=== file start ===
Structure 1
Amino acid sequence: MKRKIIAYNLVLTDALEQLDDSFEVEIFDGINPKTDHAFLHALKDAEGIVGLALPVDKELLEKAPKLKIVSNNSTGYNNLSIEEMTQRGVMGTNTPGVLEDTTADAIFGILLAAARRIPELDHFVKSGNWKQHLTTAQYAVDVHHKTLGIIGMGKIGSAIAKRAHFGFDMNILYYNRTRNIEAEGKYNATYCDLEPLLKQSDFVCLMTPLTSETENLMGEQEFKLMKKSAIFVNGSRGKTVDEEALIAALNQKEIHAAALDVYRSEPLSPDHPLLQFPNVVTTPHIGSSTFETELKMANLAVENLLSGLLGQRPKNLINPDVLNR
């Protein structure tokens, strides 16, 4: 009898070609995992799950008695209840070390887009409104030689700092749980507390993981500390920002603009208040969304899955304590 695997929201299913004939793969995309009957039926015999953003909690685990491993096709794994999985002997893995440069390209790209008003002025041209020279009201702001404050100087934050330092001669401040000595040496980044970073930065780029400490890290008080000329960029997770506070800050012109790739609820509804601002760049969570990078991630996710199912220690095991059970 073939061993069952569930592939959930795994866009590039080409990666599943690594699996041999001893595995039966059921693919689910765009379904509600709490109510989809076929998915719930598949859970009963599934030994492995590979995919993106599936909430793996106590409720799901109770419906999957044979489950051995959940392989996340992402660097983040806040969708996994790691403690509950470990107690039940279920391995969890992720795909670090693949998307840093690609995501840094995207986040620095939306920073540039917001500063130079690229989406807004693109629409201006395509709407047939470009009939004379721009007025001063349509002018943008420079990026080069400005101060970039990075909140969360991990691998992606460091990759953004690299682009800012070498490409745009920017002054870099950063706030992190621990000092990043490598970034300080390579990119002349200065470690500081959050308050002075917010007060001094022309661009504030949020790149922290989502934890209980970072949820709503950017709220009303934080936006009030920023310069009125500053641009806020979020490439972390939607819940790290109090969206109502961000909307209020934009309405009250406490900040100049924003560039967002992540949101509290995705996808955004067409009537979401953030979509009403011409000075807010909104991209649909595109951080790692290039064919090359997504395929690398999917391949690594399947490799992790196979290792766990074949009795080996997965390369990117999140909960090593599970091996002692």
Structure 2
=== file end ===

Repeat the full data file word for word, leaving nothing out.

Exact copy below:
Structure 1
Amino acid sequence: MKRKIIAYNLVLTDALEQLDDSFEVEIFDGINPKTDHAFLHALKDAEGIVGLALPVDKELLEKAPKLKIVSNNSTGYNNLSIEEMTQRGVMGTNTPGVLEDTTADAIFGILLAAARRIPELDHFVKSGNWKQHLTTAQYAVDVHHKTLGIIGMGKIGSAIAKRAHFGFDMNILYYNRTRNIEAEGKYNATYCDLEPLLKQSDFVCLMTPLTSETENLMGEQEFKLMKKSAIFVNGSRGKTVDEEALIAALNQKEIHAAALDVYRSEPLSPDHPLLQFPNVVTTPHIGSSTFETELKMANLAVENLLSGLLGQRPKNLINPDVLNR
């Protein structure tokens, strides 16, 4: 009898070609995992799950008695209840070390887009409104030689700092749980507390993981500390920002603009208040969304899955304590 695997929201299913004939793969995309009957039926015999953003909690685990491993096709794994999985002997893995440069390209790209008003002025041209020279009201702001404050100087934050330092001669401040000595040496980044970073930065780029400490890290008080000329960029997770506070800050012109790739609820509804601002760049969570990078991630996710199912220690095991059970 073939061993069952569930592939959930795994866009590039080409990666599943690594699996041999001893595995039966059921693919689910765009379904509600709490109510989809076929998915719930598949859970009963599934030994492995590979995919993106599936909430793996106590409720799901109770419906999957044979489950051995959940392989996340992402660097983040806040969708996994790691403690509950470990107690039940279920391995969890992720795909670090693949998307840093690609995501840094995207986040620095939306920073540039917001500063130079690229989406807004693109629409201006395509709407047939470009009939004379721009007025001063349509002018943008420079990026080069400005101060970039990075909140969360991990691998992606460091990759953004690299682009800012070498490409745009920017002054870099950063706030992190621990000092990043490598970034300080390579990119002349200065470690500081959050308050002075917010007060001094022309661009504030949020790149922290989502934890209980970072949820709503950017709220009303934080936006009030920023310069009125500053641009806020979020490439972390939607819940790290109090969206109502961000909307209020934009309405009250406490900040100049924003560039967002992540949101509290995705996808955004067409009537979401953030979509009403011409000075807010909104991209649909595109951080790692290039064919090359997504395929690398999917391949690594399947490799992790196979290792766990074949009795080996997965390369990117999140909960090593599970091996002692």
Structure 2